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Navigating Digital Initiatives by Using Value as the North Star


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In today's rapidly evolving landscape, digital initiatives have become pivotal to remain competitive, but companies struggle to measure the potential impact of their efforts because of a lack of consistent frameworks and few benchmarks that provide an accurate apples-to-apples comparison.

For CEOs and COOs, ensuring digital initiatives contribute to shareholder value remains paramount. In fact, we at Cognite have found that having value as a North Star ensures that the stakeholders of a digital initiative are aligned and laser-focused on the highest impact and highest value business opportunities, which can create tremendous clarity and excitement throughout the journey.

"Only what gets measured gets managed."
Peter Drucker 

However, we have also seen that for many companies, making a direct link between deploying a new digital program and the shareholder value it is intended to generate can be a struggle. So, after countless hours spent with customers, here's the blueprint for success that helped Cognite uncover more than $1bn in customer value during 2023. It makes it easier for executives to make informed decisions and deliver on their initiatives.


Identifying value:

  • The majority of companies already have a long—very long—list of potential use cases they could deploy, but rarely has it been prioritized for feasibility and business impact.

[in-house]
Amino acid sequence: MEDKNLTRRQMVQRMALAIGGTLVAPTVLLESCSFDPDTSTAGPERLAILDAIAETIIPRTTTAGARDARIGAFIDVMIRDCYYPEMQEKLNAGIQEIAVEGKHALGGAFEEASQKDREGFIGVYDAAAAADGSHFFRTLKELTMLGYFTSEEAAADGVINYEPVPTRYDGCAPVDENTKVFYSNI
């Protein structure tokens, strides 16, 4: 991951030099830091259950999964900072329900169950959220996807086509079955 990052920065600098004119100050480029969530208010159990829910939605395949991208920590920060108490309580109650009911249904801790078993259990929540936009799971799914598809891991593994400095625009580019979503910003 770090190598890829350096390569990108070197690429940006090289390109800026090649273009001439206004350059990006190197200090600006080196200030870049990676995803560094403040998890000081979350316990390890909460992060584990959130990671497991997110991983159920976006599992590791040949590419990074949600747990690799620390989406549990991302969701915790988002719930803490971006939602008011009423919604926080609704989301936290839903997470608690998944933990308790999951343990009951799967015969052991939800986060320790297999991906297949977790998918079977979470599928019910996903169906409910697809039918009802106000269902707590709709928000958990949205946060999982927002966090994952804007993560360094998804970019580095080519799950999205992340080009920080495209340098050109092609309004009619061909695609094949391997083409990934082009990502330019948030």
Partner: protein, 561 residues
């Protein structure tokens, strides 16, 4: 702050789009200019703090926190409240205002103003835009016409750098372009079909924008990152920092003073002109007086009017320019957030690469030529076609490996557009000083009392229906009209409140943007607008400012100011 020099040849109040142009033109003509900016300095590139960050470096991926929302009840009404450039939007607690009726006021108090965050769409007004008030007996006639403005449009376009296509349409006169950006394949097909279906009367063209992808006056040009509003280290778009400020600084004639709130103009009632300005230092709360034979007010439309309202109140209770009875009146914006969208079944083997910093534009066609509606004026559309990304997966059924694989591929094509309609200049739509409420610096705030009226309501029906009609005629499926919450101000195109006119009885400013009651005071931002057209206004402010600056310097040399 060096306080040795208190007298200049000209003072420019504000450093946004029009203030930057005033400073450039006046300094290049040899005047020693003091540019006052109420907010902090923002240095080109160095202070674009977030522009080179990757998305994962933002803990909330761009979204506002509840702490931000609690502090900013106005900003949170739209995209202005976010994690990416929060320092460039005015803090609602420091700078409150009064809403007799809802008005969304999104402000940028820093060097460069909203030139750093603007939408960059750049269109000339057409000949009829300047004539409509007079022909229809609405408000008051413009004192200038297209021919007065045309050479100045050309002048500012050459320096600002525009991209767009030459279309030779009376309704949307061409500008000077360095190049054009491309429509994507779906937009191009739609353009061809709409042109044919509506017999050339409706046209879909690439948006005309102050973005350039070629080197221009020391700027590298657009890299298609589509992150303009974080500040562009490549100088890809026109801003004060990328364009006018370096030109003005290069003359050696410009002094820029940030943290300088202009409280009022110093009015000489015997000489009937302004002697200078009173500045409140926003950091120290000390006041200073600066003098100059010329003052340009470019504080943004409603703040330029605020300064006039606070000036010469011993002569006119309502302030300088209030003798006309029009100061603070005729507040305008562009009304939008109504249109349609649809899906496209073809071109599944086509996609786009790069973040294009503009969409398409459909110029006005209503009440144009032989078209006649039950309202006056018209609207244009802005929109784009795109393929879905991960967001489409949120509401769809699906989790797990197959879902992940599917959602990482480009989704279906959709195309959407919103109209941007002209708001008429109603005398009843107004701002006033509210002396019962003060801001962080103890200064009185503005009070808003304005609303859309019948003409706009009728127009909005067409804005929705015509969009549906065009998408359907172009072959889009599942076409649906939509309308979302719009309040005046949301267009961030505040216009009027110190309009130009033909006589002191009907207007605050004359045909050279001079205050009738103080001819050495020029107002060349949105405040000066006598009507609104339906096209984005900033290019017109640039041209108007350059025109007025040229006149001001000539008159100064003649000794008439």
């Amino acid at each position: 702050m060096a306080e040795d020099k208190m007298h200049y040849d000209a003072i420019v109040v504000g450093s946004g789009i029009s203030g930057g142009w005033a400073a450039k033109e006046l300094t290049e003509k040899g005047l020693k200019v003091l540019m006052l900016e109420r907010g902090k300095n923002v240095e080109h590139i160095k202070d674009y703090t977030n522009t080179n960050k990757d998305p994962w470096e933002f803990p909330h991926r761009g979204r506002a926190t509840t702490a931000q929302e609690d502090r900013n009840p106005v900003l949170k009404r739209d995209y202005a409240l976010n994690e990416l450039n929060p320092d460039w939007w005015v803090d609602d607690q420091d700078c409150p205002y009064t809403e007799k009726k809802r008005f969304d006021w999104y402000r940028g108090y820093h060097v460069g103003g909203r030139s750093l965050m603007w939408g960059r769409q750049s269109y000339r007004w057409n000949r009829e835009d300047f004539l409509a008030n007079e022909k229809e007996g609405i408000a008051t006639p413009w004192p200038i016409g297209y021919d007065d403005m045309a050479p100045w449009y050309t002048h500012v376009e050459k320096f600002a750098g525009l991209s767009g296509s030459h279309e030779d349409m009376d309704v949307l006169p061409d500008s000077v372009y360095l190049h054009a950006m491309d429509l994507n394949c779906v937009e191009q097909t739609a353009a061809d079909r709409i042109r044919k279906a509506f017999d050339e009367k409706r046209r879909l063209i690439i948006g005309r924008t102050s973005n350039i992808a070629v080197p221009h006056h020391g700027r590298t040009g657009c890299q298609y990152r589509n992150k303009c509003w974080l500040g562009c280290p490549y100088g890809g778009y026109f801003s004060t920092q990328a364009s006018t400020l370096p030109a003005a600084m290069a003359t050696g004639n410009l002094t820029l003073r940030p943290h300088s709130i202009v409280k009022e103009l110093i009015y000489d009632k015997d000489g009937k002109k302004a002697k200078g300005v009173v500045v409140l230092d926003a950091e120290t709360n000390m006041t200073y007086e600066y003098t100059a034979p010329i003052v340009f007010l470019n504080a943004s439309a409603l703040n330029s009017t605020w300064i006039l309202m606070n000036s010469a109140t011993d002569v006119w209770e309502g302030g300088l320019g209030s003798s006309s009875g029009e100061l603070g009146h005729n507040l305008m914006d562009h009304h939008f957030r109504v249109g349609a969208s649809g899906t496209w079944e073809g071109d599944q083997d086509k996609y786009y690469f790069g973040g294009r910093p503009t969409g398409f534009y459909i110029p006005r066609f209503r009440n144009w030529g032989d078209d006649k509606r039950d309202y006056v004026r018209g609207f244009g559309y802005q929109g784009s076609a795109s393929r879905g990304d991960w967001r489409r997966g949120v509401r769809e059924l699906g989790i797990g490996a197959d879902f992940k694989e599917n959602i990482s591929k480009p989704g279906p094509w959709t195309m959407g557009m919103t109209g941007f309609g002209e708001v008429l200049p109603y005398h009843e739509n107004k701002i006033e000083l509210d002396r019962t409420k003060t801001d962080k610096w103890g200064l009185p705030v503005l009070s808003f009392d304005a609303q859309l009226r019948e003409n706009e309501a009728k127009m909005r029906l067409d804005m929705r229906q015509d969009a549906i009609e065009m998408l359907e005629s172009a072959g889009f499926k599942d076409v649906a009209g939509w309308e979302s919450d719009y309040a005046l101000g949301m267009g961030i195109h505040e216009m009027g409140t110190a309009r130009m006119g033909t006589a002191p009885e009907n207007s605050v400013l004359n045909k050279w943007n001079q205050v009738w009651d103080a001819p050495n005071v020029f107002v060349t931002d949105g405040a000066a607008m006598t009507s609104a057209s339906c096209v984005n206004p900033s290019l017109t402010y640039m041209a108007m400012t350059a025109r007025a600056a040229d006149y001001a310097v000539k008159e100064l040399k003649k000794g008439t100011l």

• Companies need to combine executive-level imperatives with a true bottoms-up approach that combines the overall strategic direction of the company with improving the execution ability of their frontline personnel.
  • We at Cognite often see that allowing operators to tell stories about their day-to-day challenges enables them to start crafting solutions to the larger problems the company faces and that can generate significant business impact. Using tools such as the value map (below), Cognite works with customers utilizing the value map to help articulate the underlying value drivers, tying them to shareholder value creation.
  • Customer example: Cognite worked with the frontline operators of one of the worlds largest LNG terminals to help them craft a prioritized roadmap which centered around replacing a Sharepoint based way of working with direct access to data in the field to enable more effective operations and maintenance.


Figure: Example value framework specific to manufacturing. Cognite has developed domain specific ones across upstream, downstream, chemicals, grid, power generation, etc.